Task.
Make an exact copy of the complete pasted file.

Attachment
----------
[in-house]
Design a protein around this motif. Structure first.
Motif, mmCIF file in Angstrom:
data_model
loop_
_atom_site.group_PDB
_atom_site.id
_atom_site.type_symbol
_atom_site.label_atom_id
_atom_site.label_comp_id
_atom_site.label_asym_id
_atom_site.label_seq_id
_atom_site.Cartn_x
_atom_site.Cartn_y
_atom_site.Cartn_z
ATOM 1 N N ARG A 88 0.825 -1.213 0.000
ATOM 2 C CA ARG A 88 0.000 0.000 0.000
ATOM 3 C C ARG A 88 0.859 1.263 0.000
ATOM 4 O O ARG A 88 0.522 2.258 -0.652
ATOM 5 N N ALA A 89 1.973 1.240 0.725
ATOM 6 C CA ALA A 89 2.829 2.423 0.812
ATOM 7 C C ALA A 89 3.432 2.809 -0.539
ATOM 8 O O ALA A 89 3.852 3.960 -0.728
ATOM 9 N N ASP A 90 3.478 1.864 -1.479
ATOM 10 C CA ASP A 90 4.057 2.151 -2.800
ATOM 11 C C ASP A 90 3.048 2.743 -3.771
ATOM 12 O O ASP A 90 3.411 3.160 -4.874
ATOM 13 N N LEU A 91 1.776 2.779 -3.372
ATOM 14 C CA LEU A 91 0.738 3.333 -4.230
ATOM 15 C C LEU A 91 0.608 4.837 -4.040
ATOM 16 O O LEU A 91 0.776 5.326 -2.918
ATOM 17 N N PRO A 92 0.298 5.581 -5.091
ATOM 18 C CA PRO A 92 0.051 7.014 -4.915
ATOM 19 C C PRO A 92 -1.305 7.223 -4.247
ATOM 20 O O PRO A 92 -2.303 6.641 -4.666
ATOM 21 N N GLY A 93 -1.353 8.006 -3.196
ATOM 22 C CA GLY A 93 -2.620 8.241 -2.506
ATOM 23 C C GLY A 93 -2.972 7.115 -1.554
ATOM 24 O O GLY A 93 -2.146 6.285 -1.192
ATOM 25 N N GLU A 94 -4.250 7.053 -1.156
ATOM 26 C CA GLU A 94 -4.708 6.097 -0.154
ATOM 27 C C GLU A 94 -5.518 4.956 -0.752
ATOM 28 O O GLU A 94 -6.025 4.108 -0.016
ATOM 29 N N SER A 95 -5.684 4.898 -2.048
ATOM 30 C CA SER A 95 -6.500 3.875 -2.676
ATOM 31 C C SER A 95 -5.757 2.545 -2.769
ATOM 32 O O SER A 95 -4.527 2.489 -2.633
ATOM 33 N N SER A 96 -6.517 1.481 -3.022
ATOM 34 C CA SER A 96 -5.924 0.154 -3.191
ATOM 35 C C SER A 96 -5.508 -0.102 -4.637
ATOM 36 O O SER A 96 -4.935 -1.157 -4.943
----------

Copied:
[in-house]
Design a protein around this motif. Structure first.
Motif, mmCIF file in Angstrom:
data_model
loop_
_atom_site.group_PDB
_atom_site.id
_atom_site.type_symbol
_atom_site.label_atom_id
_atom_site.label_comp_id
_atom_site.label_asym_id
_atom_site.label_seq_id
_atom_site.Cartn_x
_atom_site.Cartn_y
_atom_site.Cartn_z
ATOM 1 N N ARG A 88 0.825 -1.213 0.000
ATOM 2 C CA ARG A 88 0.000 0.000 0.000
ATOM 3 C C ARG A 88 0.859 1.263 0.000
ATOM 4 O O ARG A 88 0.522 2.258 -0.652
ATOM 5 N N ALA A 89 1.973 1.240 0.725
ATOM 6 C CA ALA A 89 2.829 2.423 0.812
ATOM 7 C C ALA A 89 3.432 2.809 -0.539
ATOM 8 O O ALA A 89 3.852 3.960 -0.728
ATOM 9 N N ASP A 90 3.478 1.864 -1.479
ATOM 10 C CA ASP A 90 4.057 2.151 -2.800
ATOM 11 C C ASP A 90 3.048 2.743 -3.771
ATOM 12 O O ASP A 90 3.411 3.160 -4.874
ATOM 13 N N LEU A 91 1.776 2.779 -3.372
ATOM 14 C CA LEU A 91 0.738 3.333 -4.230
ATOM 15 C C LEU A 91 0.608 4.837 -4.040
ATOM 16 O O LEU A 91 0.776 5.326 -2.918
ATOM 17 N N PRO A 92 0.298 5.581 -5.091
ATOM 18 C CA PRO A 92 0.051 7.014 -4.915
ATOM 19 C C PRO A 92 -1.305 7.223 -4.247
ATOM 20 O O PRO A 92 -2.303 6.641 -4.666
ATOM 21 N N GLY A 93 -1.353 8.006 -3.196
ATOM 22 C CA GLY A 93 -2.620 8.241 -2.506
ATOM 23 C C GLY A 93 -2.972 7.115 -1.554
ATOM 24 O O GLY A 93 -2.146 6.285 -1.192
ATOM 25 N N GLU A 94 -4.250 7.053 -1.156
ATOM 26 C CA GLU A 94 -4.708 6.097 -0.154
ATOM 27 C C GLU A 94 -5.518 4.956 -0.752
ATOM 28 O O GLU A 94 -6.025 4.108 -0.016
ATOM 29 N N SER A 95 -5.684 4.898 -2.048
ATOM 30 C CA SER A 95 -6.500 3.875 -2.676
ATOM 31 C C SER A 95 -5.757 2.545 -2.769
ATOM 32 O O SER A 95 -4.527 2.489 -2.633
ATOM 33 N N SER A 96 -6.517 1.481 -3.022
ATOM 34 C CA SER A 96 -5.924 0.154 -3.191
ATOM 35 C C SER A 96 -5.508 -0.102 -4.637
ATOM 36 O O SER A 96 -4.935 -1.157 -4.943